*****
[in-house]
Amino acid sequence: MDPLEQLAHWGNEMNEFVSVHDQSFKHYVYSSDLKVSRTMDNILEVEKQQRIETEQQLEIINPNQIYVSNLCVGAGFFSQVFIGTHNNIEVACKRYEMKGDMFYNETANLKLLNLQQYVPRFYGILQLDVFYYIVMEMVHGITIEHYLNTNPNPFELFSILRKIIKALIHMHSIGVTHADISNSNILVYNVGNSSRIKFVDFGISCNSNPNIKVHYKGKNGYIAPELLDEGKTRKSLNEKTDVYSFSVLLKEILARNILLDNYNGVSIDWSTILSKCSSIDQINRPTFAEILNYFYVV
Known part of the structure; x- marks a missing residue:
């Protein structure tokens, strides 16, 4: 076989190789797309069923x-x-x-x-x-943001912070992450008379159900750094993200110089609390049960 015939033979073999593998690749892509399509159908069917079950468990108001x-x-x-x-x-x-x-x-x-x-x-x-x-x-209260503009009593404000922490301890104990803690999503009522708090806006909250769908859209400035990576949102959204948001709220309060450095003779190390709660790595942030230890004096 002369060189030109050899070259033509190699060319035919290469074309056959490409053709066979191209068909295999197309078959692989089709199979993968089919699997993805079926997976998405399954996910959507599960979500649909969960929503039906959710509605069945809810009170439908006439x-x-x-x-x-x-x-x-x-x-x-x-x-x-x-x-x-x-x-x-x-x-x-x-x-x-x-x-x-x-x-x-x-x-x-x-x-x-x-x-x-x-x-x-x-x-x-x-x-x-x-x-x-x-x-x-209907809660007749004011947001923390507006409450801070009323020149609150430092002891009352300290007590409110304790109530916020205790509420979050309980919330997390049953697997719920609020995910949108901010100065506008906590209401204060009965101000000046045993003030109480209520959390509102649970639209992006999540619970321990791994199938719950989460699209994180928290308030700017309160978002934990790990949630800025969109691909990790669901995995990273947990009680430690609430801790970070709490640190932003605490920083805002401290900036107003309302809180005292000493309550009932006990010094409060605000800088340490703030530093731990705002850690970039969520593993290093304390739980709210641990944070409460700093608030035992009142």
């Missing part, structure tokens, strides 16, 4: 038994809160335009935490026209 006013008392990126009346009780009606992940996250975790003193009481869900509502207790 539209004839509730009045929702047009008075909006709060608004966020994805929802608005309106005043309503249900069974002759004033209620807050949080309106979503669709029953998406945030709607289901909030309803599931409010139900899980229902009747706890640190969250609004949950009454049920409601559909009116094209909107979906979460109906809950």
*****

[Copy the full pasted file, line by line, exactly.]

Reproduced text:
[in-house]
Amino acid sequence: MDPLEQLAHWGNEMNEFVSVHDQSFKHYVYSSDLKVSRTMDNILEVEKQQRIETEQQLEIINPNQIYVSNLCVGAGFFSQVFIGTHNNIEVACKRYEMKGDMFYNETANLKLLNLQQYVPRFYGILQLDVFYYIVMEMVHGITIEHYLNTNPNPFELFSILRKIIKALIHMHSIGVTHADISNSNILVYNVGNSSRIKFVDFGISCNSNPNIKVHYKGKNGYIAPELLDEGKTRKSLNEKTDVYSFSVLLKEILARNILLDNYNGVSIDWSTILSKCSSIDQINRPTFAEILNYFYVV
Known part of the structure; x- marks a missing residue:
């Protein structure tokens, strides 16, 4: 076989190789797309069923x-x-x-x-x-943001912070992450008379159900750094993200110089609390049960 015939033979073999593998690749892509399509159908069917079950468990108001x-x-x-x-x-x-x-x-x-x-x-x-x-x-209260503009009593404000922490301890104990803690999503009522708090806006909250769908859209400035990576949102959204948001709220309060450095003779190390709660790595942030230890004096 002369060189030109050899070259033509190699060319035919290469074309056959490409053709066979191209068909295999197309078959692989089709199979993968089919699997993805079926997976998405399954996910959507599960979500649909969960929503039906959710509605069945809810009170439908006439x-x-x-x-x-x-x-x-x-x-x-x-x-x-x-x-x-x-x-x-x-x-x-x-x-x-x-x-x-x-x-x-x-x-x-x-x-x-x-x-x-x-x-x-x-x-x-x-x-x-x-x-x-x-x-x-209907809660007749004011947001923390507006409450801070009323020149609150430092002891009352300290007590409110304790109530916020205790509420979050309980919330997390049953697997719920609020995910949108901010100065506008906590209401204060009965101000000046045993003030109480209520959390509102649970639209992006999540619970321990791994199938719950989460699209994180928290308030700017309160978002934990790990949630800025969109691909990790669901995995990273947990009680430690609430801790970070709490640190932003605490920083805002401290900036107003309302809180005292000493309550009932006990010094409060605000800088340490703030530093731990705002850690970039969520593993290093304390739980709210641990944070409460700093608030035992009142």
């Missing part, structure tokens, strides 16, 4: 038994809160335009935490026209 006013008392990126009346009780009606992940996250975790003193009481869900509502207790 539209004839509730009045929702047009008075909006709060608004966020994805929802608005309106005043309503249900069974002759004033209620807050949080309106979503669709029953998406945030709607289901909030309803599931409010139900899980229902009747706890640190969250609004949950009454049920409601559909009116094209909107979906979460109906809950």